HEADS UP: ZFSv28 is in!
freebsd-listen at fabiankeil.de
Thu Mar 3 19:23:47 UTC 2011
Alexander Leidinger <Alexander at Leidinger.net> wrote:
> Quoting Fabian Keil <freebsd-listen at fabiankeil.de> (from Thu, 3 Mar
> 2011 13:01:30 +0100):
> > Alexander Leidinger <Alexander at Leidinger.net> wrote:
> >> On Mon, 28 Feb 2011 19:21:29 +0100 Fabian Keil
> >> <freebsd-listen at fabiankeil.de> wrote:
> >> > Pawel Jakub Dawidek <pjd at FreeBSD.org> wrote:
> >> >
> >> > > I just committed ZFSv28 to HEAD.
> >> >
> >> > I updated the system without removing the tuning for ZFSv15
> >> > first, and somehow this completely messed up the performance.
> >> > Booting the system took more than ten minutes and even once
> >> > it was up it was next to unresponsive.
> >> >
> >> > I'm not sure which sysctl was to blame, but after removing
> >> > all but vfs.zfs.arc_max="800M" and rebooting, the problem
> >> > was gone.
> >> When you add the tuning back, does it take minutes again to boot? If
> >> not, I assume it was cleaning up some leftovers the old version was not
> >> able to cleanup.
> > I haven't tried that yet, but as I didn't upgrade the system's
> > storage pool I don't think ZFS is supposed to do any such clean-ups.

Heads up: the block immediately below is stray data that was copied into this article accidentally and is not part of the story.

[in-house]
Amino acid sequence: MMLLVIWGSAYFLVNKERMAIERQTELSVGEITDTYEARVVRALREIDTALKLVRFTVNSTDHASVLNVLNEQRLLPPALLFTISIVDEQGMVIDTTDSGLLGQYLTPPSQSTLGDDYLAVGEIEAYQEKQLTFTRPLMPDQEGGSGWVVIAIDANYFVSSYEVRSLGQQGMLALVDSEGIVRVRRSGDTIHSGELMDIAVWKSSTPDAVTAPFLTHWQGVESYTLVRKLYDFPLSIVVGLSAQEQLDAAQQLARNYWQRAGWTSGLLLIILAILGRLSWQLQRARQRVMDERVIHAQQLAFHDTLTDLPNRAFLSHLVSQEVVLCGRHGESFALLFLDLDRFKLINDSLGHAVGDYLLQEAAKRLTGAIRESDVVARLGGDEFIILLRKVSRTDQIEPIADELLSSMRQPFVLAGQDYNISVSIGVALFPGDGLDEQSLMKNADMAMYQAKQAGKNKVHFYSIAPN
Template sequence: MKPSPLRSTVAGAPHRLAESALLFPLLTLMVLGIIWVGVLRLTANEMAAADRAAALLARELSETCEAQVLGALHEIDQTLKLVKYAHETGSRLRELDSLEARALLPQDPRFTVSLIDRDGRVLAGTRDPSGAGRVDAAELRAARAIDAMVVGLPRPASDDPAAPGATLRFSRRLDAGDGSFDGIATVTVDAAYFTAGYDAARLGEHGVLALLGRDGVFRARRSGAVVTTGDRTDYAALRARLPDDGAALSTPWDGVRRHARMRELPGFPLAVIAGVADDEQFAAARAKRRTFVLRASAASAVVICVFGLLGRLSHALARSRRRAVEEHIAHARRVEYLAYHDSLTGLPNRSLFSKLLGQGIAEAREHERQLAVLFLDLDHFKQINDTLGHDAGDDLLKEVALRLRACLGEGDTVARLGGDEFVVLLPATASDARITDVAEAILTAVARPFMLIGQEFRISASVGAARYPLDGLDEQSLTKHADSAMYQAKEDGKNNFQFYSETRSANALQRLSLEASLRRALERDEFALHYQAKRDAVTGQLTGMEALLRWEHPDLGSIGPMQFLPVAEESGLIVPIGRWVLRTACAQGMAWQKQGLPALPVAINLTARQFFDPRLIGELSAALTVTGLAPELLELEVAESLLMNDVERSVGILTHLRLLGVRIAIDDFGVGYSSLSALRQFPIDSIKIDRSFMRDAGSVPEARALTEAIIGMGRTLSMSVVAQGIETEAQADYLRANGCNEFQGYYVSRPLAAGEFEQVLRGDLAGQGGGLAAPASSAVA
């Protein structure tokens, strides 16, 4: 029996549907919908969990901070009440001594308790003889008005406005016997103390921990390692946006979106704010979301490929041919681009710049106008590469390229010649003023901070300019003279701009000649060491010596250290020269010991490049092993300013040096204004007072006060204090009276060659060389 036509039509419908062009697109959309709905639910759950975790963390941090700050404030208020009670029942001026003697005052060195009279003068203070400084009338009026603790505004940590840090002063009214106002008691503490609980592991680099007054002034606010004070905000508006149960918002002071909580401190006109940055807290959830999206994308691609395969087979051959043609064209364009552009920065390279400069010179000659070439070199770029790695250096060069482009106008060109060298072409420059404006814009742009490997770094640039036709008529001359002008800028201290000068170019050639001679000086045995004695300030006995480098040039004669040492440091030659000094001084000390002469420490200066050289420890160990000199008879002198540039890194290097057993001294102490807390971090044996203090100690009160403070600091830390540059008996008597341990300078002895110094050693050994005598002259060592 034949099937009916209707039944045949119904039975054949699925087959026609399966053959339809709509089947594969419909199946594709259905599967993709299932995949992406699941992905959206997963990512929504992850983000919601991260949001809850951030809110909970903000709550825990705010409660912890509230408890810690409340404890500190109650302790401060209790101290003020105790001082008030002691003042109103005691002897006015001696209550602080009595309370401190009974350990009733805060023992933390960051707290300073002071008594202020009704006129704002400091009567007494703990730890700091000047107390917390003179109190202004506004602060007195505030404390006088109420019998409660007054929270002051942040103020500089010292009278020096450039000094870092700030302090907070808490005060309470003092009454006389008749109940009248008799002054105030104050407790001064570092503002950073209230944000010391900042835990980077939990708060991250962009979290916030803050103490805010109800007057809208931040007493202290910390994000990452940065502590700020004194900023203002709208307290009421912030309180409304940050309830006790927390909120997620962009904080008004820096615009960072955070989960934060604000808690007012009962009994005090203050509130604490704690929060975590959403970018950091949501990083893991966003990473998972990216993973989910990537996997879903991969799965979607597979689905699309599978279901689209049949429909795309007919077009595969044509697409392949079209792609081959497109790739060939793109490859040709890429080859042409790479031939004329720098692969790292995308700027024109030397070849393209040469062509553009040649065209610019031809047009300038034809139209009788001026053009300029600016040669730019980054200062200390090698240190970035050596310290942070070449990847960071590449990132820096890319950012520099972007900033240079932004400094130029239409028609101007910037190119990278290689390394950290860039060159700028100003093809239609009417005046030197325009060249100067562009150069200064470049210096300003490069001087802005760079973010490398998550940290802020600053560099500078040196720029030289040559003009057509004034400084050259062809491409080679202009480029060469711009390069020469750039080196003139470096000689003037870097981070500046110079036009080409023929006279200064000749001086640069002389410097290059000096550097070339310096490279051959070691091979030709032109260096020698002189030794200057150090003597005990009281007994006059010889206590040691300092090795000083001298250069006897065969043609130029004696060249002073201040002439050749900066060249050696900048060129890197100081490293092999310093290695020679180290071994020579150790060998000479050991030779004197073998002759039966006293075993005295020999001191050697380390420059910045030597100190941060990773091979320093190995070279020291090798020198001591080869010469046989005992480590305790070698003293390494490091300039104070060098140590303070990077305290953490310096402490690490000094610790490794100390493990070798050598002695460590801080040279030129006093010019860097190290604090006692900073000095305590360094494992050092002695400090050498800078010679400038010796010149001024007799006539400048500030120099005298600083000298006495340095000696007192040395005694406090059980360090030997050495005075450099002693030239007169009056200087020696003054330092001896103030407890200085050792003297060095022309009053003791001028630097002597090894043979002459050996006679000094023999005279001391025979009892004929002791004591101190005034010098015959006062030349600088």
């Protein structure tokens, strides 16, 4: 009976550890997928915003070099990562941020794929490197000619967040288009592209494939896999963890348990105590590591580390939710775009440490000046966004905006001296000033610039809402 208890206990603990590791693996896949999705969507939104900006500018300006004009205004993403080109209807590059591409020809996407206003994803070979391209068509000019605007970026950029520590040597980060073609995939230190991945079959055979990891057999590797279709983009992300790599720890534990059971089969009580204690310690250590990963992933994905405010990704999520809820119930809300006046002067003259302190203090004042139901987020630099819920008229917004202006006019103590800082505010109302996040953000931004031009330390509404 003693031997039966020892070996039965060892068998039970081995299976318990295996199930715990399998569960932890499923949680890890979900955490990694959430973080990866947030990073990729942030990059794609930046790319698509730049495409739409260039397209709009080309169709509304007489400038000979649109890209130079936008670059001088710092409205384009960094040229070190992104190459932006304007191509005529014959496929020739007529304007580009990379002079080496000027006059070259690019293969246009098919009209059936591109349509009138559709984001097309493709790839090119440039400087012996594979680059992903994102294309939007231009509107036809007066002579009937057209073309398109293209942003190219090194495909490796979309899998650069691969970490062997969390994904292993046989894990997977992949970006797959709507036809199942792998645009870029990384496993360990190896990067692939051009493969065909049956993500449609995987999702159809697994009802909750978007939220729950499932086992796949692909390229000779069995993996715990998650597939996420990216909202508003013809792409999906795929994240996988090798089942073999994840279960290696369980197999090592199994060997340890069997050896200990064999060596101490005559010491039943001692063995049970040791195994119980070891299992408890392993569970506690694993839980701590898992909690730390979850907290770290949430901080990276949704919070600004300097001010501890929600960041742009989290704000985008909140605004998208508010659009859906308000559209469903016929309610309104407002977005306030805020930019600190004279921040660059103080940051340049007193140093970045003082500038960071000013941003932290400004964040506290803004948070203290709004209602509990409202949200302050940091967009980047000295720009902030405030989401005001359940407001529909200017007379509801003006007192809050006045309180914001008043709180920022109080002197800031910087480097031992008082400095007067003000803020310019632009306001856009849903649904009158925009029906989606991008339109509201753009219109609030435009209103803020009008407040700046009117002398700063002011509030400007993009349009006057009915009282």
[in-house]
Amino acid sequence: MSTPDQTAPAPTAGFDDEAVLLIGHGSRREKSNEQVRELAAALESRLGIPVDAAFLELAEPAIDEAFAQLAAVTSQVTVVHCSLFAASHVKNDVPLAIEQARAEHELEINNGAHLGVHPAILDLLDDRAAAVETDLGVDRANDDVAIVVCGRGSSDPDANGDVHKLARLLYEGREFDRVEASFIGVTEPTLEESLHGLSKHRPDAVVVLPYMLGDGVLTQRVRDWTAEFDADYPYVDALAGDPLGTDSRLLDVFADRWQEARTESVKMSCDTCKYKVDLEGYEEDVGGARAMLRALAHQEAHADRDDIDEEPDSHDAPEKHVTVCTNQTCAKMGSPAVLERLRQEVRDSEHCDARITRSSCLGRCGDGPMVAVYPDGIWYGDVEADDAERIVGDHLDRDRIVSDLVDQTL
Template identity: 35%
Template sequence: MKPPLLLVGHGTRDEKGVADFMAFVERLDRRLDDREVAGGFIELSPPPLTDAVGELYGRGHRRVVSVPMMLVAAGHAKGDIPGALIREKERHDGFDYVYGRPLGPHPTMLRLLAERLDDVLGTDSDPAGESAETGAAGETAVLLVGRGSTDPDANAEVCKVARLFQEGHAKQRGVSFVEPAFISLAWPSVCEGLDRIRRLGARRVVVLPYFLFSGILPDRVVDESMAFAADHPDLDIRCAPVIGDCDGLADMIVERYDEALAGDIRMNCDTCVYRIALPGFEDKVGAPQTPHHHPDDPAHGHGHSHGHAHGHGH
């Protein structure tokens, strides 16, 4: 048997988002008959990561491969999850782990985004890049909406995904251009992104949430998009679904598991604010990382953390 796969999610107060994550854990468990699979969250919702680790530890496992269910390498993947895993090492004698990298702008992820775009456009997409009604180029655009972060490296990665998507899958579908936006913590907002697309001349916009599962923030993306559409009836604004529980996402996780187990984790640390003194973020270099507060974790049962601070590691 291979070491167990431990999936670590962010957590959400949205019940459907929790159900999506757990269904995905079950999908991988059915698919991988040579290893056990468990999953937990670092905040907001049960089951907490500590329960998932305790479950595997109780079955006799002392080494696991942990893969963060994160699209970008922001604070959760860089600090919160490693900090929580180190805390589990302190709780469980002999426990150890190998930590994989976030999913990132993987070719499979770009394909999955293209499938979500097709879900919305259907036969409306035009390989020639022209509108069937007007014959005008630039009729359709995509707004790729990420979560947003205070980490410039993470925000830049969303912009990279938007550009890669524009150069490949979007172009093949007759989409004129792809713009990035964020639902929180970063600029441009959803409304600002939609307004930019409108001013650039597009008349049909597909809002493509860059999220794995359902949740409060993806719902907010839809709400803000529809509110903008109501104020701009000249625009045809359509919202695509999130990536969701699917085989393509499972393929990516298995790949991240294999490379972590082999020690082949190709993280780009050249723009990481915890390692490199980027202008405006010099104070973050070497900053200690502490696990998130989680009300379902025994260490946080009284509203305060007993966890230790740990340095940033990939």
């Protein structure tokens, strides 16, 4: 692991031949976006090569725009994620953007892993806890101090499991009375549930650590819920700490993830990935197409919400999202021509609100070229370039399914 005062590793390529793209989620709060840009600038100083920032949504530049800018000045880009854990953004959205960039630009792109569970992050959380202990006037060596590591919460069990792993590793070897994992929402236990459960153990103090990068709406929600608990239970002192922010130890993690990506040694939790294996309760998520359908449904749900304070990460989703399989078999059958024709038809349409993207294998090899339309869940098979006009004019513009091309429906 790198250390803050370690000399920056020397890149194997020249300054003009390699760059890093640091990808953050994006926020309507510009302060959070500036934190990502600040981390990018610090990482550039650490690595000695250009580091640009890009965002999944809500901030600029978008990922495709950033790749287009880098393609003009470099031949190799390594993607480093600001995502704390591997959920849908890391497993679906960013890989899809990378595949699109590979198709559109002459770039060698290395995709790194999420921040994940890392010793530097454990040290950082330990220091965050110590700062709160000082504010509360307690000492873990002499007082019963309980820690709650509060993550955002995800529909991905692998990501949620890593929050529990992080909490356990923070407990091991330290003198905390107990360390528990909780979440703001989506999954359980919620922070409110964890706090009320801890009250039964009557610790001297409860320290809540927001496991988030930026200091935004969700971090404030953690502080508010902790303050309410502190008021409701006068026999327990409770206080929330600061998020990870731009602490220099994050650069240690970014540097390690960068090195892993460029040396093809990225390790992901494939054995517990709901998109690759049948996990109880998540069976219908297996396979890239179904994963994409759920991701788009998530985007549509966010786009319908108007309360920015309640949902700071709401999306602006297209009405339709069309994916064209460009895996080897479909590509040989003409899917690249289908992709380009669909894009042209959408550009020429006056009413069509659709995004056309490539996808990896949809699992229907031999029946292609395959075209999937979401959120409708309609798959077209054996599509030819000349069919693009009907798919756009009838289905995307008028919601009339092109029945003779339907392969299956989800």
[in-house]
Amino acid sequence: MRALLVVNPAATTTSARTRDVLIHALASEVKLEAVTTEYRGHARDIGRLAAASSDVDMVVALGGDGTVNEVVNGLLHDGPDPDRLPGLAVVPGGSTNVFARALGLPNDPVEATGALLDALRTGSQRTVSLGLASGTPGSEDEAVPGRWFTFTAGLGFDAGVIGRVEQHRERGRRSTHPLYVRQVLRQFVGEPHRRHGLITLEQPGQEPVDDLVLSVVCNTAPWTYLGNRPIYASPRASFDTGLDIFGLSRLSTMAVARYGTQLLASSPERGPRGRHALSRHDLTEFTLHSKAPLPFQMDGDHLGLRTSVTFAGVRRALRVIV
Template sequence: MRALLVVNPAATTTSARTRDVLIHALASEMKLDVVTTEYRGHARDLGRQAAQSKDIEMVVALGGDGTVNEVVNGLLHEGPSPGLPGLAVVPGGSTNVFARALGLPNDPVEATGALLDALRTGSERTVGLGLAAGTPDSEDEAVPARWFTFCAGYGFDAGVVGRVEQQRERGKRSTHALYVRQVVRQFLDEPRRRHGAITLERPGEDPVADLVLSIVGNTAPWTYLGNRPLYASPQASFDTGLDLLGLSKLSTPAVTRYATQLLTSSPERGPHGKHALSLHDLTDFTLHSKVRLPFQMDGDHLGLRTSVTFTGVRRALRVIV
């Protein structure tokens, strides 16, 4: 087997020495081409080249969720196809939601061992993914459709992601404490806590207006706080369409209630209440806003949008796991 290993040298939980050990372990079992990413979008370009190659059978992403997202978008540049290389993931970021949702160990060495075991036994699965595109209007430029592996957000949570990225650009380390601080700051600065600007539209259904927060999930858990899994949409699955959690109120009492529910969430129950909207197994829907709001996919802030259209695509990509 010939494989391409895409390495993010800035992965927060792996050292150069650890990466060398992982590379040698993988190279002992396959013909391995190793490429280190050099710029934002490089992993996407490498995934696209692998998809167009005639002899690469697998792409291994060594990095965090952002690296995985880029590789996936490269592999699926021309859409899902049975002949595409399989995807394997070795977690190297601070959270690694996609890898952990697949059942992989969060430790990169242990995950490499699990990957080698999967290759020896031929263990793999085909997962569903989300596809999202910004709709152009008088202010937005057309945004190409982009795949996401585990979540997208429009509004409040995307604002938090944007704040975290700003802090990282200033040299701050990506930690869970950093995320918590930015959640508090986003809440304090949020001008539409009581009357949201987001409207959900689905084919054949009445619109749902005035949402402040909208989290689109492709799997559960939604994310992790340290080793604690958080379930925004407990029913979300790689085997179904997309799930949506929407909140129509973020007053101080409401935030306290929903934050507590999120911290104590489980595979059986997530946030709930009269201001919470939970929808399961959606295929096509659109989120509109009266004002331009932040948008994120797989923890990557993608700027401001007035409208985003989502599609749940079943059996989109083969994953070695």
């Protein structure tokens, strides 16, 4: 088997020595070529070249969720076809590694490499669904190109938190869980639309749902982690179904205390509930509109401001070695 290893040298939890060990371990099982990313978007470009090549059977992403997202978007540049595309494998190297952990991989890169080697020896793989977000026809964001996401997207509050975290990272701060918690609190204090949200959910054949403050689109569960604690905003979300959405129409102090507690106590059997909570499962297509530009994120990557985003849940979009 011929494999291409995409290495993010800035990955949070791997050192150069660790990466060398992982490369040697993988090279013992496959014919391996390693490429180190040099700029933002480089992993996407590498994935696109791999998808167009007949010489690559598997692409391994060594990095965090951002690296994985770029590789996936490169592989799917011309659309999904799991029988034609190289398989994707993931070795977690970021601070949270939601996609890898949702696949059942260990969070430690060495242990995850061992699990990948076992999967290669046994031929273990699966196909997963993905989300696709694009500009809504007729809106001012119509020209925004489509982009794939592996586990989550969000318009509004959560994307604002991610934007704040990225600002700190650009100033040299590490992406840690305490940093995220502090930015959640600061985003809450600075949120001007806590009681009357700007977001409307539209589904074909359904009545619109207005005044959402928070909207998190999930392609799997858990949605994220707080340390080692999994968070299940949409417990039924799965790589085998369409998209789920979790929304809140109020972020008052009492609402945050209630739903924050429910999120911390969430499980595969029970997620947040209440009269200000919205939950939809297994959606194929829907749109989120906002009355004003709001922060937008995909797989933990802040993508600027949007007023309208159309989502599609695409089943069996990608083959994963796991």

> AFAIK the new code knows how to remove some superfluous parts in your
> pool (no matter at which version the pool is), which the old code just
> skipped over. Such leftovers may not be in all pools, they show up
> just in some use cases. For this reason I asked to verify by adding
> the tuning back to this system (if possible).
I don't have an exact list of sysctls I used earlier,
but after commenting in all the zfs sysctls in loader.conf
(some of which must have been commented out for quite some
time) the problem was back.
I interrupted the boot process after 14 minutes at which point
the ezjail rc script was running for several minutes already,
but still busy with the first jail. Usually this takes only
a few seconds.
The sysctls used were:
Seems to be the default now.
No longer supported.
The default seems to be 1.
Clearly the value makes no sense, so this may not have
been active at the time of the update. I had a back-ported
patch to add the sysctl, so at least in theory it should
have caused problems with v15, too, unless there was
a sanity check to ignore obviously incorrect values.
The auto-tuned write-limit values are:
The auto-tuned value is 10.
The auto-tuned value is 10485760 which seems close enough.
This sysctl doesn't seem to exist (anymore).
The default is 0.
Doesn't seem to exist (anymore) either.
The auto-tuned values are
> If it is not a production-like system which does not accept downtime,
> this verification consumes less resources than sending out a developer
> hunting for a problem which may not even exist.
It wasn't my intention to send anyone hunting.
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